We have some legal forms we would like entrants to sign before and/or after participating in contests and sweepstakes conducted on our websites. (We authenticate before any of this, so we'll know their email address, but not necessarily their name.) We would like to avoid physical ink signatures; they add lag time from the mail. We would also prefer to avoid DocuSign type services, too, where users have to sign up for yet another website. Click-through signatures of the "check this box…" variety are too light, because they provide no assurance of identity.

So what does that leave? How can we get an affirmative acknowledgement from a user that they have read and agree to terms, know who the user is, and have it all count as a legal signature according to the American E-SIGN Act of 2000?


For the prize claim process, this is the workflow that UX and Development came up with. I wireframed for mobile, but it would be the same for desktop. While we are not collecting an electronic signature, we are getting a confirmation from the contestant.

  1. The confirmation email goes out the email address on record for the winning contestant. It contains a unique link that can't be spoofed. As long as you control the email account for the winning entry, you can confirm your prize.
  2. The confirmation click-wrap can be as simple as verifying a name, but in our case we would include 1) affidavit of eligibility, 2) release of liability, and 3) indemnification.
  3. The winners FAQ allows us to handle instructions to the winner. This can be generalized or specific to each winner.

Prize Redemption Email

Prize Certification Click-Wrap

Winner FAQ and Instructions

In the end, we decided not to use the above process for any prizes. Instead, we handle any paperwork in person, on-premises, depending on the size of the prize. Follow the below flowchart:

Prize Claim Flow


If you really need to verify a user's identity, you can do it with their email address because pretty much everyone has one and knows how to access it. So the workflow, in this case, would be to have the user enter their email address, which emails them a link to the actual form.

This has the added bonus of being a low barrier to entry - an email field is a lot less intimidating than name/address/phone-number/etc, and once they've started the workflow, I'd assume (though I'd like to see some studies on this) that they will be more likely to finish it, even though it asks for all that information in the second phase.

  • 4
    Aawww, come'on, plenty of e-mail addresses are shared between partners, not to mention plenty of people with multiple e-mail addresses that use one or more simply to avoid the risk of being spammed into oblivion. An e-mail address in and of itself doesn't mean a thing and certainly can't be said to have a 1-1 relation with a single person. Sep 12 '12 at 9:48
  • We already have an email address when they have already participated in a contest. What I'm after is an electronic signature.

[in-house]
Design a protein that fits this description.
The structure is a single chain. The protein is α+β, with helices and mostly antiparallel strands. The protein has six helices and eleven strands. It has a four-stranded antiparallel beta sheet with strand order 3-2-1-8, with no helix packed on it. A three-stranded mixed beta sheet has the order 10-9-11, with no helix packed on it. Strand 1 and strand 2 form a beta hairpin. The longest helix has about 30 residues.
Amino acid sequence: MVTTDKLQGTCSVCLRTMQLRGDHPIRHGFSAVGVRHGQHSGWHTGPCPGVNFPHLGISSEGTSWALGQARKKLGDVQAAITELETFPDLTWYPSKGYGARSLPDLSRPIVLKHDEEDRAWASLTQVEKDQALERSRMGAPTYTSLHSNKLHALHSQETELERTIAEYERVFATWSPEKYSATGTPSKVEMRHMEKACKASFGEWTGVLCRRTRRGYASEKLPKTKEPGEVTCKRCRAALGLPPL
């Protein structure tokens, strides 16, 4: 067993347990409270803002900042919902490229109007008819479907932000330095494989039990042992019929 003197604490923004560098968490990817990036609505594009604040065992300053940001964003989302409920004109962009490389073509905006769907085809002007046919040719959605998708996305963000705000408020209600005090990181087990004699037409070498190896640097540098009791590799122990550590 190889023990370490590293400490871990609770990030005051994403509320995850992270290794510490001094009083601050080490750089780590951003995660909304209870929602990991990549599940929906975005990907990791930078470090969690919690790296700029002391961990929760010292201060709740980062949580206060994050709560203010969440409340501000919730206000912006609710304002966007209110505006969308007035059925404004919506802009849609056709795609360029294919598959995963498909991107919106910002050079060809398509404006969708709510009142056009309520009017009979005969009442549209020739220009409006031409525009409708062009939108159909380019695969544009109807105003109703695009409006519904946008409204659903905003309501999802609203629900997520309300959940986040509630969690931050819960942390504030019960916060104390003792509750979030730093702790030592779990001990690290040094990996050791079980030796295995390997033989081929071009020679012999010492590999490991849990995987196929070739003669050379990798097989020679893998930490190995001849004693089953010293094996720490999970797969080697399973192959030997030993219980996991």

– Taj Moore
    Sep 12 '12 at 15:38

I think you have to request their full name and address.

'Terms of Service' agreements are the gold standard for this.

I've never had to do an electronic signature for anything I ever signed up for or purchased online. :)

  • Contest winnings are different than purchases. People are more likely to complain if they suspect unfair practices, and especially if they incur a tax liability from winning (that they didn't know about). Oprah overlooked this to bad effect: money.cnn.com/2004/09/22/news/newsmakers/oprah_car_tax
    – Taj Moore
    Sep 17 '12 at 17:56

An email address is generally fine as courts have upheld plain email for contracting with e-signatures, though the intent and agreement must be clearly spelled out.

Our company does Open eSignForms (both open source and commercially licensed/supported/hosted) which sends an email with a unique link to assure the right recipient. While emails can be shared, so can fax machines and mailing addresses, and emails tend to be shared less than those.

You do want to digitally sign the resulting agreement and ensure all parties have access to it to be compliant.

If more authentication is really needed (determine what level of authentication you used when it was on paper to help determine the level needed), you could give the signer a one-time password that they enter when they sign, but few really go to that extra step.

  • 2
    "We would also prefer to avoid DocuSign type services…."
    – Taj Moore
    Sep 12 '12 at 20:18
  • Saw that, but while it's a paid service, it's not like them. You get your own service and brand, rather than run on a shared service with their brand, and your users do not need to register/sign-up to use it. Sep 14 '12 at 19:04
  • I see I was too hasty. Your solution is basically a "build" solution, yes?
    – Taj Moore
    Sep 17 '12 at 18:02

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